Adelboden
switzerland
Held during the week for many years, immediately before or after the Lauberhorn race in Wengen, the classical giant slalom of the Adelboden International Ski Meeting has become an especially popular event since the World Cup committee allotted it a whole weekend just before the prestigious Wengen race. The famous Chuenigsbergli piste is now also used for a slalom race that is equally exciting for the tens of thousands of spectators who throng to the edge of the piste and the finishing line. The main competition held in the Bernese Oberland, launched in 1955 by a former Lauberhorn winner, Fred Rubi, director of Adelboden Tourist Office at the time, has now become an important stop for specialists in the technical disciplines. A win at Adelboden represents true recognition for the best among them.
Wengen
switzerland
Out of all the competitions on the World Cup calendar, the Lauberhorn in Wengen is the oldest and perhaps the most difficult race to win. It was in 1930 that this now legendary race was first run, on the initiative of Ernst Gertsch, a passionate Alpine skier from the small mountain village, accessible only by train. Starting from the top of the Lauberhorn, high above the railway station on the Kleine Scheidegg and opposite the majestic summits of the Eiger, Mönch and Jungfrau, the long piste snakes down the slope for 4.5 km to the finishing line 1000 m lower down on an artificial platform. Thousands of spectators line the piste opposite the well known, spectacular Hundschopf (“Dog’s Head”), a vertiginous jump into thin air that all the competitors really love. The slalom run is also quite tricky, so tricky in fact that the names of the famous winners are written in the Golden Ledger of this great monument of the Alpine skiing circuit.
Kitzbühel
austria
Kitzbühel remains one of the winter’s leading locations for alpine skiing at all levels. The famous Hahnenkamm races attract tens of thousands of spectators to the mediaeval Tyrolean town every year. This classic race is considered a must-do event by all World Cup competitors. Downhill athletes dream of conquering the legendary Streif (“The Ribbon”), while slalom specialists are in awe of the tricky curves of the unique Ganslernhang piste. Success at this prestigious event, launched in 1931, is a source of pride and glory. And that is not all: the winners also see their names immortalised on one of the red gondolas of the famous Hahnenkammbahn, the cable railway that has been serving the legendary slopes since 1928. ­Longines is now also a partner of the popular KitzCharityTrophy, a charity race that gives both skiing professionals and famous figures from all walks of life the chance to test their skills on part of the legendary Streif.
Schladming
austria
A popular winter sports resort since the 19th century, Schladming is a former mining town in western Styria. Like most Austrian ski resorts, Schladming is located at an altitude of less than 1000 meters, sloping down into the wide valley of the Enns with its low wooded rises. Just one mountain range dominates: the glacier-topped peaks of the Dachstein massif. Schladming hosted the World Championships for the first time in 1982 and was then the unanimous choice of the selectors in 2013, a result that is testimony to the resort’s world-class standards. The occasional World Cup competition had been held in Schladming between 1973 and 1990 before the resort finally found its own unique formula and staged a night competition. The event was an instant success right from its inception in 1997. For slalom specialists, the course is a benchmark in the sport. It is widely considered one of the most demanding of the season.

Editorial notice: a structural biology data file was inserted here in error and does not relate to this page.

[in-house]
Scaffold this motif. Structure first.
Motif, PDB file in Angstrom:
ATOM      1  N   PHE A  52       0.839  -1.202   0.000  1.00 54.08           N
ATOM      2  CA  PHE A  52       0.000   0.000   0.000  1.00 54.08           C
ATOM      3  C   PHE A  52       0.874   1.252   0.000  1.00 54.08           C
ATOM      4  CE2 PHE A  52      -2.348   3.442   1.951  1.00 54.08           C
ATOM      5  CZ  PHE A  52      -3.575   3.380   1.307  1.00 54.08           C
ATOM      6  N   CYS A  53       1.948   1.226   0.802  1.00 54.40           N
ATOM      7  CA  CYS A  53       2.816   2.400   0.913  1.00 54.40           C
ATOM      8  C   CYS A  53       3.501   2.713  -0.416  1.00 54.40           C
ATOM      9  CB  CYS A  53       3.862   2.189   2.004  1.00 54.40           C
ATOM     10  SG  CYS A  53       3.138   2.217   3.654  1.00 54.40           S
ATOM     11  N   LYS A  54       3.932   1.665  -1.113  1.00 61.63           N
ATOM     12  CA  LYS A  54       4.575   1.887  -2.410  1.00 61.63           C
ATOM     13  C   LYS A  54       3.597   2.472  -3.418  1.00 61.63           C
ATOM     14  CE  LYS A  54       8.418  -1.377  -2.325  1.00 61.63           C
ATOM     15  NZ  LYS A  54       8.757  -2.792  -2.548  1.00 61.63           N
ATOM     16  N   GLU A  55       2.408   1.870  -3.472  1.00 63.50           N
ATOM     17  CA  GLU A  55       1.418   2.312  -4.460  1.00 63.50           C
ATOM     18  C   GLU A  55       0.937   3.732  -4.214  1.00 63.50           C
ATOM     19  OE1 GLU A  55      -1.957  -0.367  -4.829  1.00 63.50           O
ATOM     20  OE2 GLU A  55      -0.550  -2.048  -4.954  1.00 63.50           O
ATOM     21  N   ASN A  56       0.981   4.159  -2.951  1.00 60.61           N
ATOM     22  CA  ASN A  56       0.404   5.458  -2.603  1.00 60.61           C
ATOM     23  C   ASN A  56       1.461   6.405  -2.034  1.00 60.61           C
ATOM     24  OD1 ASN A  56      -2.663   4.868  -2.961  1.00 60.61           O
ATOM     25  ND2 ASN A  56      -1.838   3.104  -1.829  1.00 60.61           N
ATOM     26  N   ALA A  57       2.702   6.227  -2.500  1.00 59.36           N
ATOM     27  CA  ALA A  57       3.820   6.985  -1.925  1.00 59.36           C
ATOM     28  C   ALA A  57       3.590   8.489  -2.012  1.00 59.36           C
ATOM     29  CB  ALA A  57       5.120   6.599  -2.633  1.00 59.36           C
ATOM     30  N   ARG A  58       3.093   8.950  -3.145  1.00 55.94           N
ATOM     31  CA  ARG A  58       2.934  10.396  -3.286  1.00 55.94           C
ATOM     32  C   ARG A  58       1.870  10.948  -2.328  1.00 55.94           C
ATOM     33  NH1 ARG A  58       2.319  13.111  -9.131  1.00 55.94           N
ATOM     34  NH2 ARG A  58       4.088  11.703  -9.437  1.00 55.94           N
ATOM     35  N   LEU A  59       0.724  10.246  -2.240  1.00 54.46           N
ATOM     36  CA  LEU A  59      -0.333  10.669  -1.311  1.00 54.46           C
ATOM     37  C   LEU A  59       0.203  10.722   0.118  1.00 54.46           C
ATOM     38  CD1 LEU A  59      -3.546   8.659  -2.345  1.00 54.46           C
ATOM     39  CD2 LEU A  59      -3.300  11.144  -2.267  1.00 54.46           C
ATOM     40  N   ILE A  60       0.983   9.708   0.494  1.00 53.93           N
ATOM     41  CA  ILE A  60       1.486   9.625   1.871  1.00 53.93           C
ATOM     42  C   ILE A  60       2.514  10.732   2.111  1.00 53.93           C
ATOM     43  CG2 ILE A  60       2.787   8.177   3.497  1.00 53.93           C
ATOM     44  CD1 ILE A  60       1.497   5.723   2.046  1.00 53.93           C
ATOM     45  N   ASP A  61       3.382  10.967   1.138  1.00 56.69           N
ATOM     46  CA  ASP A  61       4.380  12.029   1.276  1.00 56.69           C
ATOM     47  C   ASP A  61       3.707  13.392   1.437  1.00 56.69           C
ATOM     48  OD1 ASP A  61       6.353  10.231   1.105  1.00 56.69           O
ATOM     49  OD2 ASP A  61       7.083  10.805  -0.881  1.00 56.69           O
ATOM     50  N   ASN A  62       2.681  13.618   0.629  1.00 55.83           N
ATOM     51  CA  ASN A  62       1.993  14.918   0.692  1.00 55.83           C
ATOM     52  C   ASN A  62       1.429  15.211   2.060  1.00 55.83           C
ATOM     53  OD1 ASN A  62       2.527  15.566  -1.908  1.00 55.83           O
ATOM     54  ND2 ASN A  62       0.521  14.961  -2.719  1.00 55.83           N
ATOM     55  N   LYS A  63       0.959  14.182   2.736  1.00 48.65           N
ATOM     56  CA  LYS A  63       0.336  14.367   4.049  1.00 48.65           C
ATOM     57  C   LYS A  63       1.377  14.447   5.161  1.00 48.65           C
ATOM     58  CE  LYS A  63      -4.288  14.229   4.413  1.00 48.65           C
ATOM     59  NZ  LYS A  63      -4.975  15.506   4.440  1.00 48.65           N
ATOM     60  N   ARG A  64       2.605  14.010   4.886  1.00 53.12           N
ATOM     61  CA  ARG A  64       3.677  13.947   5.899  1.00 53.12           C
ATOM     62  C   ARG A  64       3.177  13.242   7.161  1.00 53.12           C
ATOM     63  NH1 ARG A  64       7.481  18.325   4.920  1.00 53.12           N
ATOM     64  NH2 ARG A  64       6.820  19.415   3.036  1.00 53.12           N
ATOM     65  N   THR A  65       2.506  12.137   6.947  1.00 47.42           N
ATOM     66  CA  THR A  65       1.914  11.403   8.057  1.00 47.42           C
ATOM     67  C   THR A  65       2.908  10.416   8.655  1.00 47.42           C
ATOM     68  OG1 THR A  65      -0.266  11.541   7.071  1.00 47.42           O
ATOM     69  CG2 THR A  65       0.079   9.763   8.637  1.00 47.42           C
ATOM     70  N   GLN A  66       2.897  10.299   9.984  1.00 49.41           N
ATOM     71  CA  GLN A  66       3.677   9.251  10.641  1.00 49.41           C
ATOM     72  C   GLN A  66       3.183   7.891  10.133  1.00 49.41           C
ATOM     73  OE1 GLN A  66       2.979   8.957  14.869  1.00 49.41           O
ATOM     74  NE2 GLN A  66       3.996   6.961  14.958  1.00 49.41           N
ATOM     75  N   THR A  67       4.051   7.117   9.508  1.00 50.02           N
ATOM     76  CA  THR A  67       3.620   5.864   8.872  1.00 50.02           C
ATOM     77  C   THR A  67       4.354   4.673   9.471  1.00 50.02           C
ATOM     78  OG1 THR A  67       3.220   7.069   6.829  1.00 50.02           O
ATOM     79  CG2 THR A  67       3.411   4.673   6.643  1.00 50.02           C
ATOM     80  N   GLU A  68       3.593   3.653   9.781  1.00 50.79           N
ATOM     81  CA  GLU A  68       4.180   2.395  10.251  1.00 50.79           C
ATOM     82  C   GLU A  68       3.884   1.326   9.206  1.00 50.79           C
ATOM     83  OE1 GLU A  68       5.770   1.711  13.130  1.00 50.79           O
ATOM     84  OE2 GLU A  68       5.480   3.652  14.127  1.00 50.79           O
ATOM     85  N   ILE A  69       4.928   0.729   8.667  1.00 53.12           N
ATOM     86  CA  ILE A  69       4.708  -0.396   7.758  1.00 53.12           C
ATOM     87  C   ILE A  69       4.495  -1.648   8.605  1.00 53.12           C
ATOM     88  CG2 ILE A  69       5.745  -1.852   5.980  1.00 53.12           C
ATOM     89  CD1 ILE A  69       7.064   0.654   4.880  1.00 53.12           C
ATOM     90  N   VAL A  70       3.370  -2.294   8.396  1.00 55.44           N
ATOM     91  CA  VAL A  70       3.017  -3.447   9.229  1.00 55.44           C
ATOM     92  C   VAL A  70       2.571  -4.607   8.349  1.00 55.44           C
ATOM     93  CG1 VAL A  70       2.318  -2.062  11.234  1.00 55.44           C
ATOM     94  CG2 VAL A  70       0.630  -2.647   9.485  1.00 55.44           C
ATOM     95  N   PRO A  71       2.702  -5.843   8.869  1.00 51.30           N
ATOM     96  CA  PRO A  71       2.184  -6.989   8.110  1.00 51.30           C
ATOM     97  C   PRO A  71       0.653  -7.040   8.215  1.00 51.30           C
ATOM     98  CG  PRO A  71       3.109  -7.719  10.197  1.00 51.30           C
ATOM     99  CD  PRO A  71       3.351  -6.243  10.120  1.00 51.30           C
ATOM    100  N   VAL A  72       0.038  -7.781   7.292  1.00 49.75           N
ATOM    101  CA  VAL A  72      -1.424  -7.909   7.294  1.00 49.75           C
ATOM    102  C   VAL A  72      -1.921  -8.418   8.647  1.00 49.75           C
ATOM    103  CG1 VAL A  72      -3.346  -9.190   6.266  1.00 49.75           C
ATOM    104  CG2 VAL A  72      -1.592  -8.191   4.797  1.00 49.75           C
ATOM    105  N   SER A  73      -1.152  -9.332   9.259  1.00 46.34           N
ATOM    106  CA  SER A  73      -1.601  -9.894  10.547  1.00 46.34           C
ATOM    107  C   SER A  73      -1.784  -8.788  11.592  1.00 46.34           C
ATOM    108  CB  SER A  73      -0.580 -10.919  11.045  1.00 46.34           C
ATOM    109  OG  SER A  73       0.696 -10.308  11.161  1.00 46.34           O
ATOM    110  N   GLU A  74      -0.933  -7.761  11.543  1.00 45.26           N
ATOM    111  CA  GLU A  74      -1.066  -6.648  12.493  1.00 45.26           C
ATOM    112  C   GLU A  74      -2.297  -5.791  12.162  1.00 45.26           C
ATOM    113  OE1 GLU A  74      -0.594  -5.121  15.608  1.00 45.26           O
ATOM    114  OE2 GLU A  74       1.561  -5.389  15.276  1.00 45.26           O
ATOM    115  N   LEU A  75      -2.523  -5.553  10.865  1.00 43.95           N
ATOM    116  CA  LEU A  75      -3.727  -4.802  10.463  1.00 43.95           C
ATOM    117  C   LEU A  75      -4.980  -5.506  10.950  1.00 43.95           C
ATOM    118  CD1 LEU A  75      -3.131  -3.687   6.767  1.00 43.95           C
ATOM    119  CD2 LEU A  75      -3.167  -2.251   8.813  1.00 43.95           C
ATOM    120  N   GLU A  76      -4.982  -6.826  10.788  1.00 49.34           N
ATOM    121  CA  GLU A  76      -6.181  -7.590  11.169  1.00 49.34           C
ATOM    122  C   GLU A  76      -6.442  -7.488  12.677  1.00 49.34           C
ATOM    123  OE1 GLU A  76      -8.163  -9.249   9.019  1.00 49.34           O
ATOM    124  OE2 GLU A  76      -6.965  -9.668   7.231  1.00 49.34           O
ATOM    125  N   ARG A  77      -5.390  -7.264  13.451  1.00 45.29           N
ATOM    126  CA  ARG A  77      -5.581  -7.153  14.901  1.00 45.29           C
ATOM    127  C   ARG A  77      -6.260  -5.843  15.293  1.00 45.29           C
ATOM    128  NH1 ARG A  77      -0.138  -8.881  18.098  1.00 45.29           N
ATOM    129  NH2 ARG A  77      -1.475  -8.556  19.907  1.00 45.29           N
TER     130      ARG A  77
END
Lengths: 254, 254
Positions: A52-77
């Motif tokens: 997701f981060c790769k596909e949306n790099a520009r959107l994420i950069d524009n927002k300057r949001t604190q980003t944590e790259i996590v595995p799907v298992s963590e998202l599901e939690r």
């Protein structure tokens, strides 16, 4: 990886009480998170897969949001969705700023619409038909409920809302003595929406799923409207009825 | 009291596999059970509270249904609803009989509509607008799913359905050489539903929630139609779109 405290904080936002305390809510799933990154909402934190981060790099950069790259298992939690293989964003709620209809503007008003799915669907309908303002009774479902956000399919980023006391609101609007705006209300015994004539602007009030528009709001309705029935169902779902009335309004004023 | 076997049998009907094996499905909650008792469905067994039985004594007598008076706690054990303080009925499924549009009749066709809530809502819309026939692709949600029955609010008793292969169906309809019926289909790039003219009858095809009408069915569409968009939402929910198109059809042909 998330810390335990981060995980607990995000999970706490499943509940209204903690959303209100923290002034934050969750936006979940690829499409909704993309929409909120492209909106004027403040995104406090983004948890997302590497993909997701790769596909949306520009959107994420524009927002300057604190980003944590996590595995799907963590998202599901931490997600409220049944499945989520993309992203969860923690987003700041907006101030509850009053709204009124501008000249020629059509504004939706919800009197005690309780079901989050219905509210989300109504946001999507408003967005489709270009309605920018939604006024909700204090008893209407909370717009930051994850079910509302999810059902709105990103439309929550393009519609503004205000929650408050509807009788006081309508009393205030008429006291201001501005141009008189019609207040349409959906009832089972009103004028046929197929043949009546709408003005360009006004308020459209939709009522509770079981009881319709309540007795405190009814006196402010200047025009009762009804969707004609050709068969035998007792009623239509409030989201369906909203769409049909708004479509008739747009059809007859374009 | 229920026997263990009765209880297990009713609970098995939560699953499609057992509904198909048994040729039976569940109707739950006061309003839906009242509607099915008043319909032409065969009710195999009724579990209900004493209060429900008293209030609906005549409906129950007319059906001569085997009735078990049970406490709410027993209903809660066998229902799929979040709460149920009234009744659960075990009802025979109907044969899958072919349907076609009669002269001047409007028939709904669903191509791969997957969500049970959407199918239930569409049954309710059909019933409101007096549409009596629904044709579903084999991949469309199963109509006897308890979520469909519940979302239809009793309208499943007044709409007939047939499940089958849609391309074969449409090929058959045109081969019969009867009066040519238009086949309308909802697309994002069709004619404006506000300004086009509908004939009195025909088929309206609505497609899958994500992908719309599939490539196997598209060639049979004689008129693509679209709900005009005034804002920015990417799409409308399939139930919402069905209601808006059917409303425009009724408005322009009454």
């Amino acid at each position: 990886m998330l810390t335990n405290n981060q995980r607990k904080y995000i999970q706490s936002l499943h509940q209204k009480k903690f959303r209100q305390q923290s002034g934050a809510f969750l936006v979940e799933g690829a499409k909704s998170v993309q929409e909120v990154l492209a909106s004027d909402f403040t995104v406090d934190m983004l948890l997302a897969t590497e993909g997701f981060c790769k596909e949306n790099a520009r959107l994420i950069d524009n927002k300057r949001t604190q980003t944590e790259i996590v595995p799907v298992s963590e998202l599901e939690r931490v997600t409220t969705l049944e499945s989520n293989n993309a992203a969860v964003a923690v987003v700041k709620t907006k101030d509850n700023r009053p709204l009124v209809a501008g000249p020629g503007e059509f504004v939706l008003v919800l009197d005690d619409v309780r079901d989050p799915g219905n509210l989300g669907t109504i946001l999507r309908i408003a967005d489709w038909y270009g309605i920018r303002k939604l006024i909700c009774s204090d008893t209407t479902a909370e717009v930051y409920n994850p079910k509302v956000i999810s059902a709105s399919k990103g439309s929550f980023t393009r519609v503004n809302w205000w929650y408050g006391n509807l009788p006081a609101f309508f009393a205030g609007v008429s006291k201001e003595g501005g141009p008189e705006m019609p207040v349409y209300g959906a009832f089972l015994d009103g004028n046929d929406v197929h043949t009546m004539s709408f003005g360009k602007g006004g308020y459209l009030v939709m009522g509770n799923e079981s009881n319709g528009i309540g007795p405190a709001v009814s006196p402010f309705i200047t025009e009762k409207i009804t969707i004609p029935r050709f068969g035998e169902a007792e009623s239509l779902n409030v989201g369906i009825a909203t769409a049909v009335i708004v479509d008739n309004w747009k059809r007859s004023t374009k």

Garmisch-partenk.
germany
A famous winter sports hub in Bavaria, Garmisch-Partenkirchen has long been part of the international circuit for competitive Alpine skiing. In 1936 the first races in the Winter Olympics were held in this small town which is less than an hour from Munich by car. Since the 1950’s, the famous Arlberg-Kandahar races have been regularly held at this resort, which also organised the FIS World Championships in 1978 and 2011. The advent of the World Cup in 1967 confirmed the importance of this German ski resort as part of the international circuit. And, since the spectacular performances seen in January 1973 on a totally iced-over piste, Garmisch-Partenkirchen has always been included in the World Cup calendar and not just every five years as it was the case earlier.
St. moritz
switzerland
St. Moritz welcomed successfully the 2015/2016 FIS World Cup finals and the FIS World Championships 2017 on the superb pistes of Corviglia. This small town is visited by hundreds of thousands of tourists every winter, many of whom admire its first-class hotels. St. Moritz remains very attached to the various disciplines of competitive sport that are practised on the surrounding slopes or on the large lake overlooked by the town which regularly freezes over in winter. For many years St. Moritz has been famous for its horse-racing on snow, its bobsleigh track and the Cresta Run – a favourite haunt of daring skeleton riders – but the resort is also an important centre for competitive Alpine skiing. For the past 20 years many international competitions have taken place here.
Åre
sweden
Åre has a long history as FIS World Cup organiser; in fact, the Åre Slalom Club already staged its first FIS World Cup race in 1969. In the days of the legendary Ingemar Stenmark, the races drew crowds of up to 30,000 people. By now, the resort of Åre has hosted more than 100 FIS World Cup events. One of the best training areas in the world, Åre is the unquestionable home of alpine ski racing in Sweden. During a regular winter season, the Åre resort hosts more than 6,000 alpine competitors, with a total of 25,000 training days! Moreover, it boasts more than 1,000 hours of lifts running specifically for training purposes. After a gap of nine years, the FIS Ski World Cup Finals will return to Åre from 14-18 March 2018; a dress rehearsal for the FIS Alpine World Ski Championships 2019.
Summary